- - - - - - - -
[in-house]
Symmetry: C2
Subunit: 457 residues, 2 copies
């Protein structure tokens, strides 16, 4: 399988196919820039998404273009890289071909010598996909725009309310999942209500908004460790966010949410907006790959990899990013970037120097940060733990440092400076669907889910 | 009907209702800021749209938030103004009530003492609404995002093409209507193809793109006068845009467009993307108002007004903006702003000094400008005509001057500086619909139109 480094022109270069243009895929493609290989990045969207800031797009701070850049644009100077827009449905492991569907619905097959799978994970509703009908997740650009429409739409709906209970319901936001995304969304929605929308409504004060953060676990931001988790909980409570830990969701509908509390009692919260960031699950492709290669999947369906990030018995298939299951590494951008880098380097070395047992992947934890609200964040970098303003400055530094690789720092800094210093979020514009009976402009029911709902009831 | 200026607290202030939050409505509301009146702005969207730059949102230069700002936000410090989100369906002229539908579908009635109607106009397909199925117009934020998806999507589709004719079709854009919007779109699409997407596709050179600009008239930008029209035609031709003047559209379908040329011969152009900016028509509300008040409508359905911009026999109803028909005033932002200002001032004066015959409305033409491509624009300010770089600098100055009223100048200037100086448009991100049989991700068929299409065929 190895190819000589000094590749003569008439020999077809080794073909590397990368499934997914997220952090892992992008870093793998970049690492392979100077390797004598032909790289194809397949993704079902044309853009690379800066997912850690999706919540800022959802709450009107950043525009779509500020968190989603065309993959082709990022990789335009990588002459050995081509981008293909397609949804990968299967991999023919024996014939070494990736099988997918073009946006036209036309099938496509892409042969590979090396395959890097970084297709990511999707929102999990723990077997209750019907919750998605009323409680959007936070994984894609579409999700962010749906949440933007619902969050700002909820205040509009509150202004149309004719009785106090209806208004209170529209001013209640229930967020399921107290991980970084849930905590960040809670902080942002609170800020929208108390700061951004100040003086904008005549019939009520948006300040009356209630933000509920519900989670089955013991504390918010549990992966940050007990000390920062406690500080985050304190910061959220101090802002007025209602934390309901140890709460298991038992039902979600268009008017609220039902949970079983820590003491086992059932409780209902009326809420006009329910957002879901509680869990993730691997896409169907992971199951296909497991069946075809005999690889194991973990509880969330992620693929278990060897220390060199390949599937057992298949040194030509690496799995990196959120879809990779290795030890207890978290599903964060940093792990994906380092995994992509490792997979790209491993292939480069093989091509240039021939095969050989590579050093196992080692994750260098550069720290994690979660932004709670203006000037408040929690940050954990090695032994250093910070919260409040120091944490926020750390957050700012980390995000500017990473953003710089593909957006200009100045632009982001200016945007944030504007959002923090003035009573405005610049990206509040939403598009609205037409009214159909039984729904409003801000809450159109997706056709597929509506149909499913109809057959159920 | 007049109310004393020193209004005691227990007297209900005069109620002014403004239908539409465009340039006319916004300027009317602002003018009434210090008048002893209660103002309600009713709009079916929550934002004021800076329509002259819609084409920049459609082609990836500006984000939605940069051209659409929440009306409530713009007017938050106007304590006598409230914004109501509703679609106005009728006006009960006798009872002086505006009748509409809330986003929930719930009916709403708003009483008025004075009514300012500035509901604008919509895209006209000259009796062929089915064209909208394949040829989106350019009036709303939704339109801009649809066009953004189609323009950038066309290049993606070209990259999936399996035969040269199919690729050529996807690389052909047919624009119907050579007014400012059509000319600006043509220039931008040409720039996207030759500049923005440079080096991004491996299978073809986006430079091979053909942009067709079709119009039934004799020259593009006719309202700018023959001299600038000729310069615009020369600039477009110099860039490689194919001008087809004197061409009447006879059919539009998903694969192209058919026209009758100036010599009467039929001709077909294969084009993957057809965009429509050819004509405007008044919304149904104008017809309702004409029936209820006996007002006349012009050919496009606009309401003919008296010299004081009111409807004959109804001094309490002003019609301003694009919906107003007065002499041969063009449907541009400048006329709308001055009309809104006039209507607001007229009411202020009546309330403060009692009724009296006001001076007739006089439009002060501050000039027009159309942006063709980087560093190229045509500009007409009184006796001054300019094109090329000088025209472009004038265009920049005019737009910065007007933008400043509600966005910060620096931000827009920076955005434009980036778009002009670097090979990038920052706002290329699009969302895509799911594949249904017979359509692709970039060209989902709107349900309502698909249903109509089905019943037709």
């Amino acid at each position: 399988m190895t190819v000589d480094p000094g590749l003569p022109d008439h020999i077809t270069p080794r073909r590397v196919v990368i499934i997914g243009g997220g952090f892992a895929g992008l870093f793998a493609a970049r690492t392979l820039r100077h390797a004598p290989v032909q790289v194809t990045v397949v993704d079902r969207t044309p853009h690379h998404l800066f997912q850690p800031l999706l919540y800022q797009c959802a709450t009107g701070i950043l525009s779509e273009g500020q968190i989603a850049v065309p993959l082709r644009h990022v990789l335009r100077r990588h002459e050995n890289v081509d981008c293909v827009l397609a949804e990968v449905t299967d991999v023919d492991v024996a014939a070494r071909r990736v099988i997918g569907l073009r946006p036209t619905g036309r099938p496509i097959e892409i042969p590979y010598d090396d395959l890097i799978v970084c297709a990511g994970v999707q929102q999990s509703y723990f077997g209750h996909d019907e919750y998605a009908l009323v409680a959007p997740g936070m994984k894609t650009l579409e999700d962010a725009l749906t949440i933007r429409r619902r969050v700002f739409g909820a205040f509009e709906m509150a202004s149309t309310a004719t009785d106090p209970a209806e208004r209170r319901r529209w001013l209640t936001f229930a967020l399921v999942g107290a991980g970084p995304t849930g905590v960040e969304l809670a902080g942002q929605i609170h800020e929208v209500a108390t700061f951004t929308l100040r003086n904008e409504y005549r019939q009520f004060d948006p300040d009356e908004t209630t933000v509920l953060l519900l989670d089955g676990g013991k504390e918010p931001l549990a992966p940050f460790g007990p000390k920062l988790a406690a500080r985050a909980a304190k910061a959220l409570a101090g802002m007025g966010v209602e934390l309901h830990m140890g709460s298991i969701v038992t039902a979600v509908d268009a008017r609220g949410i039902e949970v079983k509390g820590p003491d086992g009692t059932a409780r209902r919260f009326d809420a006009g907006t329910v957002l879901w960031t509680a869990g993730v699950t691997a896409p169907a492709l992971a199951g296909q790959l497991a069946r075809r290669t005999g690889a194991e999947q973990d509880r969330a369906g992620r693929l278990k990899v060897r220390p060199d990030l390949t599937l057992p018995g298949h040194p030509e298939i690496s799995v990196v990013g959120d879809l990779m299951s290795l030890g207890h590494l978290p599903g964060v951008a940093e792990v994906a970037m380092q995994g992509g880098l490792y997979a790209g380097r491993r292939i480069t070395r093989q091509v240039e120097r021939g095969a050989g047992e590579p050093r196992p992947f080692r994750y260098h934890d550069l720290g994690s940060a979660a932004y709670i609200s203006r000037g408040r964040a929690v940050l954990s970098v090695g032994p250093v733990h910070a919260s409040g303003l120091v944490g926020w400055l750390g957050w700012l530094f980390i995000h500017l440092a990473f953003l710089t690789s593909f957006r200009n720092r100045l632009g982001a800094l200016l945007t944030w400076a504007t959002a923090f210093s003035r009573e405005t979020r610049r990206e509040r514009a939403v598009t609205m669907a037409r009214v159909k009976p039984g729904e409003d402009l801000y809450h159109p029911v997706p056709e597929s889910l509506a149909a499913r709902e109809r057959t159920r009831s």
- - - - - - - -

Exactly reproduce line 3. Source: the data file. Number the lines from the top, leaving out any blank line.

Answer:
Subunit: 457 residues, 2 copies